Photo by Davi Russo
At nine o‘clock on a Tuesday morning, the corner of 7th Avenue and Waverly Place is blissfully free of the clueless tourists, inebriated revelers and cruising teenagers that often populate this strip of the West Village. Likewise, it’s a quiet moment for Morandi—the Italian accruement to Keith McNally’s restaurant empire—and also for Leanne Shapton, who sits at a small wooden table sipping a latte. The artist-turned-art director will soon be yanked into the maelstrom of activity that accompanies her daily duties at The New York Times, but at present, her lone responsibility is watching Bunny, a well-behaved Wheaten Terrier.
by Leanne Shapton
Shapton, 35-years-old, is a petite woman with playful eyes and dark hair that cascades over the shoulders of her drab Canadian Army surplus jacket. She was raised in Ontario, Canada and darted from Montreal to London before settling in New York City, although she found it difficult to stay put for long (her globetrotting ways were the source of an Elle column called “Jet Setter” that she penned prior to her gig at the Gray Lady). An illustrator by trade, Shapton has written three unconventional books: 2003’s book of drawings entitled Toronto, 2006’s graphic novel Was She Pretty, and 2009’s Important Artifacts and Personal Property from the Collection of Lenore Doolan and Harold Morris, Including Books, Street Fashion, and Jewelry.”> Important Artifacts and Personal Property from the Collection of Lenore Doolan and Harold Morris, Including Books, Street Fashion, and Jewelry. The most recent novel indulged an awkward name and a brilliant conceit; after noticing that the personal effects of writer Truman Capote seemed to unfurl a story when auctioned off by Bonhams & Butterfields, Shapton created the story of a failed love affair as told by their vestigial possessions. In fact, it was right here at Morandi that Shapton snapped photos of the fictional couple whose relationship dissolved in a garage sale of emotional artifacts.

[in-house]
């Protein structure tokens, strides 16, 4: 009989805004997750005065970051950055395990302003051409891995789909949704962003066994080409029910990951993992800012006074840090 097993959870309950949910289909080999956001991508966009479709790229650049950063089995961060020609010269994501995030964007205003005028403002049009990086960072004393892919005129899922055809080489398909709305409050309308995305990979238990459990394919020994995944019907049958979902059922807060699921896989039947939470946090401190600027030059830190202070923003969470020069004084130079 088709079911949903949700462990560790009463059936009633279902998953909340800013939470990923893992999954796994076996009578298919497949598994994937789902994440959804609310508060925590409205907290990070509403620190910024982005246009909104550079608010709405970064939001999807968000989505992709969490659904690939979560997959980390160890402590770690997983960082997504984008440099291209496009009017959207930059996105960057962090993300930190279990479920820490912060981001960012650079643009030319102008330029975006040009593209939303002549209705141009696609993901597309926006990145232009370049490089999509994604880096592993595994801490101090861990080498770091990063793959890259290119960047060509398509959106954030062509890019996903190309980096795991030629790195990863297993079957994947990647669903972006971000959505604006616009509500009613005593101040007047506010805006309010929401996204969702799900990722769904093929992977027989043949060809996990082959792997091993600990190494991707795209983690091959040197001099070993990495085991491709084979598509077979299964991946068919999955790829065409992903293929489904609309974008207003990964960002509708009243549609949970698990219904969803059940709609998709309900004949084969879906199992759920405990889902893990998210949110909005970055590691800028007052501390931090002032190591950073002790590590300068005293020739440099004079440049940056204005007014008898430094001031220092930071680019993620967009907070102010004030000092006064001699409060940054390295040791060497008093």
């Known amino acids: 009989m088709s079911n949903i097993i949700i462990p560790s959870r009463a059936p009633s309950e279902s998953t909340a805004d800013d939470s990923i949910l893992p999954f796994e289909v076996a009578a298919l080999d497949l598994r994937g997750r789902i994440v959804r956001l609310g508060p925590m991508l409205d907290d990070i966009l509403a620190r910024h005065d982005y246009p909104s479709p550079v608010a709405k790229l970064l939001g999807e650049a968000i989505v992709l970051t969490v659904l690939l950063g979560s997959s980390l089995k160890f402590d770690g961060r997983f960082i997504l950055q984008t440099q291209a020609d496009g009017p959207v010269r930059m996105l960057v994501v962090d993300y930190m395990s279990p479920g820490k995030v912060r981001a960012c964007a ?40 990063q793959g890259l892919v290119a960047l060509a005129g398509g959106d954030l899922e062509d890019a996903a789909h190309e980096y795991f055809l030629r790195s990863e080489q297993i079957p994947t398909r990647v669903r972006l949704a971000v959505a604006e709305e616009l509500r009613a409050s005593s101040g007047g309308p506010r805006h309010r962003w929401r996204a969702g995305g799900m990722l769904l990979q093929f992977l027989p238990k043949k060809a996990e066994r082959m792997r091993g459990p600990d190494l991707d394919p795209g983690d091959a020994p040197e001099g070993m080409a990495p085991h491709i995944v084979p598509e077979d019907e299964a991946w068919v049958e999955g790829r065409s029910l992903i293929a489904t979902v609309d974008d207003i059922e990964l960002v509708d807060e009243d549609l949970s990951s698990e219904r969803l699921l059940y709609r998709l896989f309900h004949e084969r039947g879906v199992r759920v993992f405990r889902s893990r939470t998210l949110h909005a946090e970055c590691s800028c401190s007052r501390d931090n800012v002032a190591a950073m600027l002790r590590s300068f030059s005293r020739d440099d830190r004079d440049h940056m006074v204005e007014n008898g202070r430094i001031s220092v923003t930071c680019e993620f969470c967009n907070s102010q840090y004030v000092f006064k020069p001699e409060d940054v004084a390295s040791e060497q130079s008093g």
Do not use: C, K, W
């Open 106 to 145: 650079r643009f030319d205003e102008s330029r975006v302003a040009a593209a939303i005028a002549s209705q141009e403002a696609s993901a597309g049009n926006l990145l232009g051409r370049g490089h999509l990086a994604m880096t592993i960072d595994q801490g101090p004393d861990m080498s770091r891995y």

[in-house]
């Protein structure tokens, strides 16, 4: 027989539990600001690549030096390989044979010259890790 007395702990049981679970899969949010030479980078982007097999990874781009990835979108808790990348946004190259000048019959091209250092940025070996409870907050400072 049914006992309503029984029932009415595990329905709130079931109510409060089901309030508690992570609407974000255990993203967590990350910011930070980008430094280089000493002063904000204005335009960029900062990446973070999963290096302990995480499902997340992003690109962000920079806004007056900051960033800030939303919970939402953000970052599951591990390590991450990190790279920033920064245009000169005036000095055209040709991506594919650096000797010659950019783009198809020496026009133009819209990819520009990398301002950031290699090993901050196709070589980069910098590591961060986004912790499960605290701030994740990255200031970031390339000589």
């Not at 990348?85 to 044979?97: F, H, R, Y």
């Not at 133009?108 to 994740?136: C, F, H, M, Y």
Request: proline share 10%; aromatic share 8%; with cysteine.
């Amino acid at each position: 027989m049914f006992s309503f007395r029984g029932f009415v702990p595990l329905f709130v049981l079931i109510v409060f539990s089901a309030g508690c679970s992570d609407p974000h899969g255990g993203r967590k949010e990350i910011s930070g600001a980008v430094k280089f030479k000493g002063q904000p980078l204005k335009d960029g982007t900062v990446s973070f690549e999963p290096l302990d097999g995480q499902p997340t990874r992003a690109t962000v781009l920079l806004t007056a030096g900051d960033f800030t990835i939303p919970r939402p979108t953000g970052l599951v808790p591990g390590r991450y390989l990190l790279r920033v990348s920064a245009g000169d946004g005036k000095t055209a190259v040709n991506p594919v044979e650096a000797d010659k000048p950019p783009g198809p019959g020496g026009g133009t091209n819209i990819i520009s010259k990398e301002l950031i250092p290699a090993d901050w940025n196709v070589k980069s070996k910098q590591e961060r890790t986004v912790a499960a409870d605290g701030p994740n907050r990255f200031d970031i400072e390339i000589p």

by Leanne Shapton
Theme and Shapton spent some time discussing Transitionist artists, the joys of being a packrat, and the inevitability of burning out as art director of the New York Times op-ed page.
When someone asks you “What you do?”, what do you say?
If I have a day job I’ll mention that. Right now I have a business card that says “Art Director,” which is handy. If not, I’ll try to change the subject or tell them what I was working on earlier that day. On customs forms at the airport I change it up: sometimes artist, or art director or writer or illustrator.
You’ve embraced many job descriptions—what do you think about the idea of a Transitionist art movement?
I suppose it is a way of describing people who do a number of different things and don’t try to categorize the work they do. Or leave it up the others to. No single title or job description has ever really worked for me, and I suspect it is the same of other transitionists. I think by definition transitionists are reluctant to be categorized. In my experience this blurry line can be liberating, but also financially trying.
by Leanne Shapton
Who from art/design history inspires you and do you think they could be considered transitionists?
I’m inspired by William Blake, Vanessa Bell and Duncan Grant, Virginia Woolf, Edith Wharton, Walter Sickert, William Steig, Sontag, Fantin Latour, Bonnard, Morandi, Man Ray, Roald Dahl, Ludwig Bemelmans, Carlos Mollino. I suppose Bell, Man Ray, Wharton, and Mollino might be considered transitionists. But most creative people have different strains of work and have applied their talent to different forms.
Do you see a difference between art and design? And where’s the intersection point?
Design usually has a practical application, which art doesn’t necessarily need. I try not to use distinctions like this because I consider great pieces of design works of art. I think if something has reached a pinnacle of expression regardless of form, application or context it can be seen as art.
by Leanne Shapton
Do you listen to different types of music when working on each?
If I am listening to music while working I’ll listen to the same album or song over and over again, like Nick Nolte in that one short on New York Stories who played “Whiter Shade of Pale” over and over. Right now I’m listening to “Pressure Drop” by Toots & Maytals.
In Important Artifacts, you tell a linear story of a relationship through their possessions – many of which belonged to you. Why do these relics have such power
I think it’s because they don’t have words. They don’t have dialogue backing up their emotions. That’s what makes it so immediate. There are just layers of images and memories. While a digital email or even a letter can hit the nail on the head, something more ephemeral can be more haunted because it doesn’t have words to reinforce its meaning.